You may have noticed the monthly Toddler Talks have disappeared. Do not despair! They are being replaced by the quarterly Big Boy Broadcast, of which this is the first installation.
We talk a lot about being a “Big Boy” around here lately, which is the inspiration for the new title. The biggest big boy thing we’ve done lately is wean. YES. We actually did it. I fixed up a new calendar after he scribbled all over the other one and hung it in his “office.” His office is the nook under the stairs where his little chair and desk are, along with his netbook computer. You know, just like an office.
So after an elaborate build up to “No Boob Day,” including calendar, extremely limited nursing and lots of talking about the pending event, it was really easy. There was some minor fussing, but that’s it. He’s really a big boy now and I’m finally losing those “last five pounds” the body holds onto in order to nourish one’s progeny. Thank God.
So this big boy-ness extends to the idea that he should play big kid computer games. We have to stay on him to “be a big boy,” which means not crying and whining when he has trouble with whatever game he’s chosen to play that is clearly designed for much older kids. We’re seeing some improvement on that front, but there are still some challenging moments. Most notably when we’re trying to watch “night time TV,” which is code for TV for adults. Which brings me to the other reason we don’t really hear much of what goes on during our night time TV show.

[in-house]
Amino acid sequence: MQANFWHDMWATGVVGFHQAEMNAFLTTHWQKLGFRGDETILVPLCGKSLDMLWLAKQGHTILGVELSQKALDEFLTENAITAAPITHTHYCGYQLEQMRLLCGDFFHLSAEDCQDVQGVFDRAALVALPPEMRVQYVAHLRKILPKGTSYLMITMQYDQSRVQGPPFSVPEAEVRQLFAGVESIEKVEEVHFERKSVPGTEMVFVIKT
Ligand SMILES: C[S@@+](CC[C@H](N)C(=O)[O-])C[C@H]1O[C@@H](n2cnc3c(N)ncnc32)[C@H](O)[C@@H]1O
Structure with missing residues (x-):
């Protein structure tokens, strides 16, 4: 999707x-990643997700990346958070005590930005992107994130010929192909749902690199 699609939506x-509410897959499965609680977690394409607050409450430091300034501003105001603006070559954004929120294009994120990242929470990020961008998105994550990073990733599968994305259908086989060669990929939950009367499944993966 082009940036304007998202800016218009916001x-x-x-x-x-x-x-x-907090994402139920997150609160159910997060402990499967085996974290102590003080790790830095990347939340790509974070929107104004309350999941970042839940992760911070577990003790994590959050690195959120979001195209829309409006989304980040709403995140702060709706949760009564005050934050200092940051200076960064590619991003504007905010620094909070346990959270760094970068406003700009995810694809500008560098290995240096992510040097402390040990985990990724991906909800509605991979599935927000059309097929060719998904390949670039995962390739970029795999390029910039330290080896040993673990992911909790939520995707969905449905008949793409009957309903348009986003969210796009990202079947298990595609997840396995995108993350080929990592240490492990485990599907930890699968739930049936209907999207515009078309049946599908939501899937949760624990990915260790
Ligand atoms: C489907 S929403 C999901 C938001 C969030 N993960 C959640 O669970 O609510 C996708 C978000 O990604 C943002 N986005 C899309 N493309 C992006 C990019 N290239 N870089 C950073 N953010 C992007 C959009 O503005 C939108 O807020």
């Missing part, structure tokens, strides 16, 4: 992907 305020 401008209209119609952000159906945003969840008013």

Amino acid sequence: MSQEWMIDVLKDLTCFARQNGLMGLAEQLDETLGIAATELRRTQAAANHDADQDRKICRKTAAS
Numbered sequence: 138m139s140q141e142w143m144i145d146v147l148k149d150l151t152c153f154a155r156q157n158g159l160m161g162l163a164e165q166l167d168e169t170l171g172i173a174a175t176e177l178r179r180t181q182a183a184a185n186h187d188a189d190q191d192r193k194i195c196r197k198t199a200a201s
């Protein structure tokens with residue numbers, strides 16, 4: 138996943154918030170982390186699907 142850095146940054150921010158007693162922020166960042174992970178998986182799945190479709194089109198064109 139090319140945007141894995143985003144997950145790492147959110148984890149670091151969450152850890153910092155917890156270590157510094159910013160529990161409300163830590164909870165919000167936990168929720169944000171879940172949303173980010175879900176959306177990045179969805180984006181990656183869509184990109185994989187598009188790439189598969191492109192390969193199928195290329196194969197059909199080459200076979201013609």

Remy is a vocalizer and we’re not entirely sure where he gets that from. Maybe my mother can correct me, but I’m 90% certain I wasn’t like that. He doesn’t talk to connect to people, which is different than the typical talkative kid. He talks to say everything he sees and thinks out loud. Loudly. Which is not to say that Mom and Dad are allowed to leave his comments unresponded to. Oh no. We have to acknowledge everything. If we don’t, he simply repeats himself, often louder (if that’s possible). When that doesn’t work (Gary and I have splendid selective listening skills), he will walk up to us, put our head in his little hands, turn our head so that our our nose is 2 inches from his and then he repeats himself again. Loudly. There’s no denying the kid when he pulls that maneuver.
Yet, if someone other than Mom and Dad don’t respond to something he says, he’s completely unaffected. Go figure.
Lately, Remy’s picked up a phrase (from watching Kipper) that he likes to use often and seemingly randomly. The phrase is ”nothing ever really, really, really happens.” It’s said with emphasis and dramatic pauses after each “really.” It sounds quite profound when used out of context by a 3 1/2 year old, which makes me laugh. I’m documenting it here so I can remind him when he’s older and losing grasp of the bigger picture. You know, someday when he’s whining about how “all the other kids are doing it” and his parents “aren’t fair.”
We’ve signed Remy up for a week of half-day Summer Kindercamp at the YMCA in June. We’ll see how it goes. If he really likes it, we might do another week.
That’s all I can think of for now. Until next quarter!